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Professor Packer has taken the trouble to write a short and immensely readable book; it deserves equal concision from a reviewer, even if he cannot match the author's urbanity and clarity of expression.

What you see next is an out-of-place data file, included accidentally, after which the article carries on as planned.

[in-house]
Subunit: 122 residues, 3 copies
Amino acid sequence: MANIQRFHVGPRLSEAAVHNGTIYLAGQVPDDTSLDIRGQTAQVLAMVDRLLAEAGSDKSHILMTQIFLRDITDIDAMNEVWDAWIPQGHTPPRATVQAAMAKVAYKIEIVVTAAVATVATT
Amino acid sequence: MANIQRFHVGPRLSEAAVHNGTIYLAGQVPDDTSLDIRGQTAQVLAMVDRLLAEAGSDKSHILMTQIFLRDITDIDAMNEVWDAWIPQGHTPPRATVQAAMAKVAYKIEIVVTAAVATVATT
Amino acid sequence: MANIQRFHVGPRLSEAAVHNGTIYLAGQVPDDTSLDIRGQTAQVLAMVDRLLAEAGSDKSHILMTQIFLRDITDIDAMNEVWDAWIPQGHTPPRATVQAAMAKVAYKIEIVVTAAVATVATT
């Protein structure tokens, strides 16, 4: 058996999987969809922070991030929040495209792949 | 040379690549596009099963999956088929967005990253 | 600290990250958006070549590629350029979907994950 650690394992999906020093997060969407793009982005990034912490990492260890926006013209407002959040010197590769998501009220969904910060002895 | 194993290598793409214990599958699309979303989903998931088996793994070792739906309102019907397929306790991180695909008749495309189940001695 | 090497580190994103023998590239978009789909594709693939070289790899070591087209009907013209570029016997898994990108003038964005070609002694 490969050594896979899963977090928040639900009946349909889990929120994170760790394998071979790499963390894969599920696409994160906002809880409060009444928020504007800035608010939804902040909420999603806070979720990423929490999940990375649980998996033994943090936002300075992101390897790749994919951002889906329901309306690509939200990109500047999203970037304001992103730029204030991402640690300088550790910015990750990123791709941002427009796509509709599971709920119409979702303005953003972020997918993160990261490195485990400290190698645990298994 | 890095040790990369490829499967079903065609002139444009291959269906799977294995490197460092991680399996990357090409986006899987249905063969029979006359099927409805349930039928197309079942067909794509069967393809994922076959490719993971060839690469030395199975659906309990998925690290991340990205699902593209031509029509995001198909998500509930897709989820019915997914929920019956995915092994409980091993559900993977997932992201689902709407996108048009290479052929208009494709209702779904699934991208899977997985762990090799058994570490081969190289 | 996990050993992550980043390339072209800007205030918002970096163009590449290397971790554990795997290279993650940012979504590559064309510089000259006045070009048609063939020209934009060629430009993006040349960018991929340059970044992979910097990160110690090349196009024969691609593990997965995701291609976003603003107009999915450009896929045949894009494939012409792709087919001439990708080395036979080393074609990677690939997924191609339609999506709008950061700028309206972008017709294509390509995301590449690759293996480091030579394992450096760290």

The main purpose of Professor Packer's undertaking was to assay the reliability of those who testified about a vexed problem—the extent and consequences of Communist penetration into public affairs in this country—with the special insights and disabilities of having themselves been Communists. He is not concerned with the witnesses who had been planted by the police; their insights and disabilities raise separate and ancient problems. He practically ignores the psychopaths and derelicts, like Manning Johnson and Paul Crouch, whose fabricated testimony is a lasting stain on the government agencies that sponsored it. From the regiment of putatively genuine ex-Communists a selection was necessary. Four figures commended themselves because of the importance of their stories and, as the event proved, because of the neat contrasts that evaluation of those stories permitted. Even with this limitation the records that had to be combed and analyzed ran to 200,000 pages. No wonder this book has been some time in preparation!
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